Nightmare.js allows you to automate HTTP requests in Node.js, which you can use to download files from sites, check your e-mail, runt integration tests, etc.
The last couple of years, more and more logic have appeared on the client-side of web sites. Thanks to Single Page Applications (SPA) instead of server-side frameworks, we are able to cache views on the client and just get the data from the backend.
While doing this, it is more important than ever to test our sites in different browsers, versions, devices etc. One popular framework to do this is Karma (http://karma-runner.github.io/0.12/index.html), which is created by Google and often used with Angular.js. But sometimes you just want to go to an url, enter some input, click some buttons and make sure the expected result shows up on the web page, and do all this in the background with a headless browser such as PhantomJS (http://phantomjs.org/) or SlimerJS (http://slimerjs.org/). And since you don’t actually see the output, you might want to grab a screenshot while running the tests to make sure it looks correct with the styling.
Sweet dreams with Nightmare.js
Recently I found a library that works great for these kind of tasks. It’s called Nightmare.js (http://www.nightmarejs.org/) and is, as it says in the headline, “A high level wrapper for Phantomjs”. And not just that, the API is absolutely stunning.
The example shown on the start page for Nightmare.js shows us an example of how to do a simple search on Yahoo:
.type('input[title="Search"]', 'github nightmare')
Nightmare.js also allows us to write plugins for common tasks, such as logging in to a site before running the specific logic.
So, we know what we can do, but when could we actually use this? Some tasks that I can think of where this could be useful could be:
- Downloading files from a web site.
- Logging in to web shops such as Amazon and get our order information.
- Logging in to the webmail to get the number of unread e-mails.
- Use this to make end-to-end tests.
Get the necessary tools
To be able to run these tests we need a couple of tools and frameworks.
First of all, we need to install the latest version of Node.js with npm (http://nodejs.org/). We also need to install Python 2.7.x (https://www.python.org/). Make sure to install 2.7 and not 3.x since the latter is not officially supported by node-gyp, which is used to compile some components.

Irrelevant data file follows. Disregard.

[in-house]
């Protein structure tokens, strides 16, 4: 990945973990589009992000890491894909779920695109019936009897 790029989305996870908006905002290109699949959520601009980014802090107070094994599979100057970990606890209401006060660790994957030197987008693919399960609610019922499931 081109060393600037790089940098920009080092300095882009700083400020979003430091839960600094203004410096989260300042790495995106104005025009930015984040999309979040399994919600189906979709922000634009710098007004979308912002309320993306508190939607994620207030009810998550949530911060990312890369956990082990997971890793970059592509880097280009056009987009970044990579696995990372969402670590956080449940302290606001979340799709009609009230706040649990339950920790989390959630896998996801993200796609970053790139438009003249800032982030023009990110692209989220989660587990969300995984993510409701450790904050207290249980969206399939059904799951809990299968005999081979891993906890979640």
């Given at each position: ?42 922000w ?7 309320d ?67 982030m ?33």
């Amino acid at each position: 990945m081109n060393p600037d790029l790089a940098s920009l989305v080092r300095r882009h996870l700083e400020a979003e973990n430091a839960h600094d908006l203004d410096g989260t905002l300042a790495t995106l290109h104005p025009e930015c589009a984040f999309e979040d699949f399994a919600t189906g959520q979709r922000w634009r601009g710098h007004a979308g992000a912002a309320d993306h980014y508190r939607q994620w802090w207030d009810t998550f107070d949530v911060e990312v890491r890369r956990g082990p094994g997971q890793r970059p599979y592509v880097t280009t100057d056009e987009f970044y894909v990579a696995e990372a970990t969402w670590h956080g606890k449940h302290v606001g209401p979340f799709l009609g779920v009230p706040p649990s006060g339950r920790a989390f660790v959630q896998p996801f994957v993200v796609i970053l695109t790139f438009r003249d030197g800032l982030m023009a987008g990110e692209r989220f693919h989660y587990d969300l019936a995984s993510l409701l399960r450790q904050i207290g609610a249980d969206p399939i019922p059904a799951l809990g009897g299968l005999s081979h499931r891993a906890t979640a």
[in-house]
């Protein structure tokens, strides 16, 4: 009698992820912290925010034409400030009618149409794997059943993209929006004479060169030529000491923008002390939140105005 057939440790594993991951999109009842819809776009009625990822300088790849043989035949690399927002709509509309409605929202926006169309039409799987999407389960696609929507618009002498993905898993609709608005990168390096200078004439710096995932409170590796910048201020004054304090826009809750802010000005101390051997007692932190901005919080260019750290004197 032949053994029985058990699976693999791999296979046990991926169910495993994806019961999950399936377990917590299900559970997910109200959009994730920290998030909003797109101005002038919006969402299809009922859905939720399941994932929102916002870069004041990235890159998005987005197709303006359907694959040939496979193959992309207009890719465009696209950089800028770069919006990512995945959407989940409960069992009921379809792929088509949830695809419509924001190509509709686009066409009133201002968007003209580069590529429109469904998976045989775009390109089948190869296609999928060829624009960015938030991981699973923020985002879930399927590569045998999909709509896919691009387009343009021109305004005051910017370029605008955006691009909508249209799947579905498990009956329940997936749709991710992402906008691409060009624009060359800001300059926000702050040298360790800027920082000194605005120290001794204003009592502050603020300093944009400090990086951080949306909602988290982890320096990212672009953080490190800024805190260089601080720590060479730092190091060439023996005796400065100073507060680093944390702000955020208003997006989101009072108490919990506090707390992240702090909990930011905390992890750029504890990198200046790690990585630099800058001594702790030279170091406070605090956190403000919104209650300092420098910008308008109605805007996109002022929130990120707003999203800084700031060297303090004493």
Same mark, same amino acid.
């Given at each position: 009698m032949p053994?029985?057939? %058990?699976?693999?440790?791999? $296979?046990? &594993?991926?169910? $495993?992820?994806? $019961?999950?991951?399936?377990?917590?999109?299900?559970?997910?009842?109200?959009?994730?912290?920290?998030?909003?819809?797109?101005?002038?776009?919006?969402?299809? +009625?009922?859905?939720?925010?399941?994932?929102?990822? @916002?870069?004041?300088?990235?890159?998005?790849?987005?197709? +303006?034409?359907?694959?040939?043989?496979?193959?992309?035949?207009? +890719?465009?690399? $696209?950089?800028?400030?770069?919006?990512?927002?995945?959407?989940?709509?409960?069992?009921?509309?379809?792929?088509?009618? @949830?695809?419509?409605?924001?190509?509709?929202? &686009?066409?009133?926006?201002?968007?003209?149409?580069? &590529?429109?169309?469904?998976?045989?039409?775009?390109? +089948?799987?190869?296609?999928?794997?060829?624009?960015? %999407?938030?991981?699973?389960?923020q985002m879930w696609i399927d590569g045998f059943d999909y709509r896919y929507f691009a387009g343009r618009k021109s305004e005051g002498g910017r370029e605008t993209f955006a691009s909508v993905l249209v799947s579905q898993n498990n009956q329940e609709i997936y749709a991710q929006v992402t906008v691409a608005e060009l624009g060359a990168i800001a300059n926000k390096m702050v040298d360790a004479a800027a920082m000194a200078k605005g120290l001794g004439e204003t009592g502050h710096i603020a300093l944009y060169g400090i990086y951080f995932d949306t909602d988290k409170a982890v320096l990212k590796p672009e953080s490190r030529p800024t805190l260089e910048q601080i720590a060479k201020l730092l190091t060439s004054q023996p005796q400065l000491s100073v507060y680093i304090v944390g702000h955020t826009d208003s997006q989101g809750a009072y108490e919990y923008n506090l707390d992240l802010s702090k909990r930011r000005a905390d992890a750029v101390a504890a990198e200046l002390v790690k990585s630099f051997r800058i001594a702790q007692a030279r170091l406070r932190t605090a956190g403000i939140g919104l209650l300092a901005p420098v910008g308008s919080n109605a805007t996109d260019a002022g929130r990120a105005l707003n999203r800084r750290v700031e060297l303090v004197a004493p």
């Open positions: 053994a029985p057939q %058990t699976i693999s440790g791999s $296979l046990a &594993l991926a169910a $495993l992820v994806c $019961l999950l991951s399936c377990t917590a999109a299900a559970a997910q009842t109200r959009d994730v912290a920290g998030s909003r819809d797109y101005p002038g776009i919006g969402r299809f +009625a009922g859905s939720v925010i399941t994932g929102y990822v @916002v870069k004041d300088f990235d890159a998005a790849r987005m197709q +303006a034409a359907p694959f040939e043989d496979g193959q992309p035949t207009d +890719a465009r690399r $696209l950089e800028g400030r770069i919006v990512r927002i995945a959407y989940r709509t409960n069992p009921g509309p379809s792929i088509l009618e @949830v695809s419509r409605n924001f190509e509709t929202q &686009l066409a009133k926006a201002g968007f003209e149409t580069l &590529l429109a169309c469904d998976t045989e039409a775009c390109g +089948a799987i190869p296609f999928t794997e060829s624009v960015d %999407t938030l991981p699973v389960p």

When both Node.js and Python is installed, we start by creating a new npm package inside an empty folder.
Navigate to an empty folder in your terminal/powershell/command prompt or what you are using. Start by running npm init and click enter until you are done (you don’t have to fill in all information yet, you can do that later by editing package.json). You should have an package.json file in your project now, which allows you to save packages and developer dependencies in your package.json.
The next step is to install Mocha (global), Chai and Nightmare.js.
Mocha (may require sudo on Linux and Mac OS X since it is a global module):
> npm install -g mocha
> npm install --save-dev chai
> npm install --save-dev nightmare
The next step is to create a test folder with an index.js in it.
We have all files needed to create the tests, but we need something to test as well. I have prepared a simple web site, which you can download here:
Clone the repository and go to the server folder.
To start the server, run these commands:
- npm install
- node index.js
You should now be able to use your browser to go to http://localhost:3000.
Closing the terminal will shutdown the server, so to be able to test this site, you will need to keep that open. The tests should be run in another terminal window.
Start the tests
You should have everything you need to run the tests now.
We are going to create three different tests for this web site, using Mocha, Chai and Nightmare.js.
To make it easier to explain how it works, I will just paste the full tests here:
Mocha gives us describe() and it(), which contains the tests. By adding “done” as parameters in the callback function, we can use these tests with asynchronous calls. If we omit that, it will just run the tests without waiting for the result, and always return success.
With Chai (and “should”) we can tell the tests that some variable “should” have the expected value. Chai also contains “expect” and “assert”. You can use any of them, you will just have to import the right one in the file.
And by using Nightmare.js, we can make these simple calls to the url, where we perform some tasks and wait for the result.
Spinning up a new PhantomJS browser and going through the steps for each task takes a while, and since the standard timeout in Mocha is set to 2000 milliseconds, we have to change that. I have been using 15000 milliseconds here, which seems to be a good number for this test (it takes 8-9 seconds per test on my machine). Because of the time to run all tests, you probably do not want to use this in your normal test runner (like “grunt test”), but running it from time to time to make sure everything still works or running it from the build server could be a good plan, and you should not use this to do performance tests.
To run the tests, simply go to the root directory for your tests (where you have your package.json) and type:
The result should look like this:
That´s it! We are now able to run tests on any website by just entering the url, and doing the tasks needed to get the information we ask for.
The full project used here can be found here: